CBH drops port bombshell
CBH has dropped plans to offer long-term agreements on port access after criticism from grain traders in submissions to the Australian Competition and Consumer Commission.
The 11th-hour decision means international big guns desperate for a share of this year's WA grain harvest will shoot it out in a hot auction starting next Wednesday.
The blind auction could last for more than a week and attract premiums of more than $30/tonne for prime shipping slots.
CBH operations manager David Capper said yesterday that the grower co-operative had little choice but to withdraw the LTA proposal submitted to the ACCC.
"We didn't get the support that we needed to get it over the line, and given that harvest is so close and so big we couldn't take the risk of holding out any longer," Mr Capper said. "The regulatory process can be slow and cumbersome. We had to create certainty."
CBH, which operates four port terminals in WA, had offered 8 million tonnes of shipping capacity under LTAs and was set to put up another 6mt for auction at the end of this month. Three newcomers - representing China's COFCO, Japan's Mitsubishi and US co-operative CHS - and eight other traders had agreed to LTAs subject to approval by the ACCC.
Despite almost unanimous in-principle support for LTAs, the allocation process put forward by CBH came under attack from GrainCorp, Mitsui, COFCO (through its control of Noble), CHS and Plum Grove.
Critics said the CBH system - which was supported by Cargill, Glencore and WAFarmers - lacked transparency and favoured established traders.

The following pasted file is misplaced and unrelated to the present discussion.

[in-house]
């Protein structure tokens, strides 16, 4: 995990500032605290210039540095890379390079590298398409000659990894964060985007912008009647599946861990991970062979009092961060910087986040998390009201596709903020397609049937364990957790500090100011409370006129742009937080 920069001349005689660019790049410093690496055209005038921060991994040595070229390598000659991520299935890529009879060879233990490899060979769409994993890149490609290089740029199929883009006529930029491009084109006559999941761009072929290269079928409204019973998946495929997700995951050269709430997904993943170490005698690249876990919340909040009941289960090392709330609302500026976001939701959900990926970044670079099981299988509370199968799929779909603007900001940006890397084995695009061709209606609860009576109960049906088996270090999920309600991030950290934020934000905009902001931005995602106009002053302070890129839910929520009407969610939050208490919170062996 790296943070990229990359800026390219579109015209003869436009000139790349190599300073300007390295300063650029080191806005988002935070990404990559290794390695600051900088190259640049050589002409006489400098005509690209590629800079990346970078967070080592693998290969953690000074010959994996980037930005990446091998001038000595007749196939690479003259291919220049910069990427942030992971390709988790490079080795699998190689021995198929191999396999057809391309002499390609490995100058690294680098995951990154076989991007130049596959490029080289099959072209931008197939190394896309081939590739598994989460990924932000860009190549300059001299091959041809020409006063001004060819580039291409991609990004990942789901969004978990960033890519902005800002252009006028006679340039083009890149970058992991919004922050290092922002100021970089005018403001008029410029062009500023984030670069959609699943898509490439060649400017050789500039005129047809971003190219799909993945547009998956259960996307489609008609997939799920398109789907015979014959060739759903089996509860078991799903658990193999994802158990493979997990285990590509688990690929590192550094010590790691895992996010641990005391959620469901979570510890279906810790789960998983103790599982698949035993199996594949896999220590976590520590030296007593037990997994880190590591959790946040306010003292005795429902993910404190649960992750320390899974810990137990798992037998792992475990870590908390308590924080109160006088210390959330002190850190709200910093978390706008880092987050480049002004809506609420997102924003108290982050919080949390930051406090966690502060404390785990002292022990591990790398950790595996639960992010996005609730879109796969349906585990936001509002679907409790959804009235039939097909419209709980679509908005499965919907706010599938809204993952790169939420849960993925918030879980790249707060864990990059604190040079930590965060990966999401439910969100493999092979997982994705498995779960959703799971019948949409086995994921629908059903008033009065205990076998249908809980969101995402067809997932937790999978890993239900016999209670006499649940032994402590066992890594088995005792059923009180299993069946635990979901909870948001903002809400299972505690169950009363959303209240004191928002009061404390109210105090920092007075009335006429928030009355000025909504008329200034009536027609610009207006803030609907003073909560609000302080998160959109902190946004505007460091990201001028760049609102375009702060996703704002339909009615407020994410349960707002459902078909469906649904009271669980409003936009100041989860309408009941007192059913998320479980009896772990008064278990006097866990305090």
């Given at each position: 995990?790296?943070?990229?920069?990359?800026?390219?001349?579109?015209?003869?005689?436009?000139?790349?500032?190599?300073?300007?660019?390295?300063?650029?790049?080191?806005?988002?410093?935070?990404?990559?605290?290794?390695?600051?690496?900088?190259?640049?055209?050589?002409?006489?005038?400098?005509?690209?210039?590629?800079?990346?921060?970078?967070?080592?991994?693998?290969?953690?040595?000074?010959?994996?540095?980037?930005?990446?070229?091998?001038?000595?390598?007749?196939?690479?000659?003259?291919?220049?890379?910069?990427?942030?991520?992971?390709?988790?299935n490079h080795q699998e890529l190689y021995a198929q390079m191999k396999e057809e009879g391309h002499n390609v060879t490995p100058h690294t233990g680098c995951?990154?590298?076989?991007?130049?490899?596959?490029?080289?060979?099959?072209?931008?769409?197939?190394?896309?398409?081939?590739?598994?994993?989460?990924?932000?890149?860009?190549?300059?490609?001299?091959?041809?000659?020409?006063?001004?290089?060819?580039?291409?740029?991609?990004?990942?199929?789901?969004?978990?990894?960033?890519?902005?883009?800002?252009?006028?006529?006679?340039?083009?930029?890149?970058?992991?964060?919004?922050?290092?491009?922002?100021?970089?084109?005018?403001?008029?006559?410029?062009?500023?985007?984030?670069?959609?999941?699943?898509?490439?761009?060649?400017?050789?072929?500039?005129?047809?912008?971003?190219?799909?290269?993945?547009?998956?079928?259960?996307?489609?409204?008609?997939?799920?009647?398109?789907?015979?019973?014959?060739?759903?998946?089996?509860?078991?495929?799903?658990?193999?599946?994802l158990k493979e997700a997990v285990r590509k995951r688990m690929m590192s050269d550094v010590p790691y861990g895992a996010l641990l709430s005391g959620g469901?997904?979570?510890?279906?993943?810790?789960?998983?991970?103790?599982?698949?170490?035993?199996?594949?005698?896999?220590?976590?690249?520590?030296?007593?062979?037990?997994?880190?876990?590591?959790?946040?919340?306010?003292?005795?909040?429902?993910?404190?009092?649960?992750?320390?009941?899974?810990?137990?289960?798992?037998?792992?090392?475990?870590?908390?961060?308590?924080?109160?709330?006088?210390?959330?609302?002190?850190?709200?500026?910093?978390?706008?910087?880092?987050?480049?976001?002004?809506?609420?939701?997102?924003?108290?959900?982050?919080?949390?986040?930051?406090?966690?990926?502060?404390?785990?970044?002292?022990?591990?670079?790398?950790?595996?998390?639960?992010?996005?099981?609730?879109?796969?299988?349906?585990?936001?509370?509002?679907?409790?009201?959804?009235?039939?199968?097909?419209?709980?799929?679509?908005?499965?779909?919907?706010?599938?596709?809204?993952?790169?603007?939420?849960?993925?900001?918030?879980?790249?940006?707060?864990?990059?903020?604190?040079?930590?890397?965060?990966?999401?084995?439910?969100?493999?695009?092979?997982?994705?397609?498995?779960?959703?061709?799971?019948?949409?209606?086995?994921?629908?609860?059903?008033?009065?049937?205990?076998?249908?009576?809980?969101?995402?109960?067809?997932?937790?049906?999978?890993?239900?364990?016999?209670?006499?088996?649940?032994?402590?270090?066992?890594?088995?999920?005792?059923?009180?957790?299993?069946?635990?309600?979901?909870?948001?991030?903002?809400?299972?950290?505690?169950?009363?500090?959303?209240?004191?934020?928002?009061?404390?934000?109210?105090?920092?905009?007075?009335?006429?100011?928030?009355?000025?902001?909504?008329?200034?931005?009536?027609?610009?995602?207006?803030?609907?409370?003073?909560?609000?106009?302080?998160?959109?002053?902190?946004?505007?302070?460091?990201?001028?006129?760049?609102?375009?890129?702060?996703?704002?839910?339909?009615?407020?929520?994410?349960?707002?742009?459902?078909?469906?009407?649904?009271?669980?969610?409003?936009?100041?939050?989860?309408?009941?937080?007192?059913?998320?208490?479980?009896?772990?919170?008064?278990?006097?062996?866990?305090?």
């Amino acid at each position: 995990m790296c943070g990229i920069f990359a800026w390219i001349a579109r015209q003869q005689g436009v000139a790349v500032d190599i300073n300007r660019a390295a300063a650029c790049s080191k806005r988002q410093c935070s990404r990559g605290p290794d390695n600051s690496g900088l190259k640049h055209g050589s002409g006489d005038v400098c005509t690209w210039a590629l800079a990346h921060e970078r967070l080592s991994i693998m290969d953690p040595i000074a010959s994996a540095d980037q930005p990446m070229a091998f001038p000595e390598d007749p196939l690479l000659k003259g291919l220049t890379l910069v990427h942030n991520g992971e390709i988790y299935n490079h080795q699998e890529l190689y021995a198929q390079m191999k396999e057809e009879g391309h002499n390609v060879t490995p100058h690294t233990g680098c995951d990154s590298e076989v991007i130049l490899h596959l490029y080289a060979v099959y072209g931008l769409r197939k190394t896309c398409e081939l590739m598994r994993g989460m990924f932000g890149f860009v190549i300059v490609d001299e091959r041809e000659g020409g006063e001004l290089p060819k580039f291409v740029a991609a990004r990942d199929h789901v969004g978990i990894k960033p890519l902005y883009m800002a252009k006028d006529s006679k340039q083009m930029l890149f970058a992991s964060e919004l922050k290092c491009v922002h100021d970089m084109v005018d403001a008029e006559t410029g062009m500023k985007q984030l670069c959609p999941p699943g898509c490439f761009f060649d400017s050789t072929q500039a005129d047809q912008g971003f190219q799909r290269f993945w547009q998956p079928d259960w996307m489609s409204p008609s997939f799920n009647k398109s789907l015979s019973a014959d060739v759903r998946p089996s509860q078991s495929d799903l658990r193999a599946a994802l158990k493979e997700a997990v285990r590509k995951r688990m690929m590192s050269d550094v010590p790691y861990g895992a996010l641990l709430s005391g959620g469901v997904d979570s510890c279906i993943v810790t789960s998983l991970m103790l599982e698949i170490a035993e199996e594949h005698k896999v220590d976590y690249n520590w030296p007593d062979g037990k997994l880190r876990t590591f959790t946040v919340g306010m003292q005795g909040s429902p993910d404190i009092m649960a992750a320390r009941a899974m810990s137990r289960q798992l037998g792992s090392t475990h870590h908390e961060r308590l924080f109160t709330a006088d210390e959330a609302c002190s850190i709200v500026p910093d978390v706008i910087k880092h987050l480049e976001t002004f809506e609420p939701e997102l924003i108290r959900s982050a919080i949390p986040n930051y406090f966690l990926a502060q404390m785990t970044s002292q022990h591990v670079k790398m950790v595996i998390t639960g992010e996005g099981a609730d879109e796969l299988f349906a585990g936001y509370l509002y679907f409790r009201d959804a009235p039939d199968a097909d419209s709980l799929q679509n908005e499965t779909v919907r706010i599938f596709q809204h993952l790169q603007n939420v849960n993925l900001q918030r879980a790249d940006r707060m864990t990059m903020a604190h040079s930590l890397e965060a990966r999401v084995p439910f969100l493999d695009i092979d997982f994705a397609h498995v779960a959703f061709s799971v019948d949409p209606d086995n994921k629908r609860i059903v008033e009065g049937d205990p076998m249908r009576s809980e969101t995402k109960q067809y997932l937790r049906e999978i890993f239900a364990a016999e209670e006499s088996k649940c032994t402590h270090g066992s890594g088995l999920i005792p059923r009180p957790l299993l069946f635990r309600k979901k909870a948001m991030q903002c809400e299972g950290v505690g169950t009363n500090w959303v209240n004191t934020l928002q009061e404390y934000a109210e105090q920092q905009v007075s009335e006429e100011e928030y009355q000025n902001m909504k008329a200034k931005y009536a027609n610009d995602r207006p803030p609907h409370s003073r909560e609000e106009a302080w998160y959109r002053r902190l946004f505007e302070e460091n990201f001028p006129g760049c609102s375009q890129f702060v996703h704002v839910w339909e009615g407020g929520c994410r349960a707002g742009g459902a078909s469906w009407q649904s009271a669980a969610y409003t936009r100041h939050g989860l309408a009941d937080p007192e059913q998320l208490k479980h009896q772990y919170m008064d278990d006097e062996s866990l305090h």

Some of the harshest criticism came from Bunge, which has broken the CBH dominance of grain shipments from WA by opening a terminal at Bunbury.
Faced with a high demand for prime shipping slots, CBH opted to weigh allocations based on a traders' track record in WA.
Mr Capper said CBH would try again next year to satisfy demand for LTAs depending on what happened in Canberra with a mandatory port access code.
This year's auction in South Australia turned into a marathon as new players bid strongly.
"It (the WA auction) will be a hotly contested auction and we expect premiums will be relatively high," Mr Capper said. "Our concern is that it is not necessarily an efficient use of the industry's capital, and secondly that it may send incorrect signals about the cost of exporting out of WA."
WA growers are on target to produce a harvest of more than 13mt, with CBH forecasting 2.2mt in the Geraldton port zone, 6 to 6.5mt in Kwinana, 3mt in Albany and 1.6mt in Esperance.
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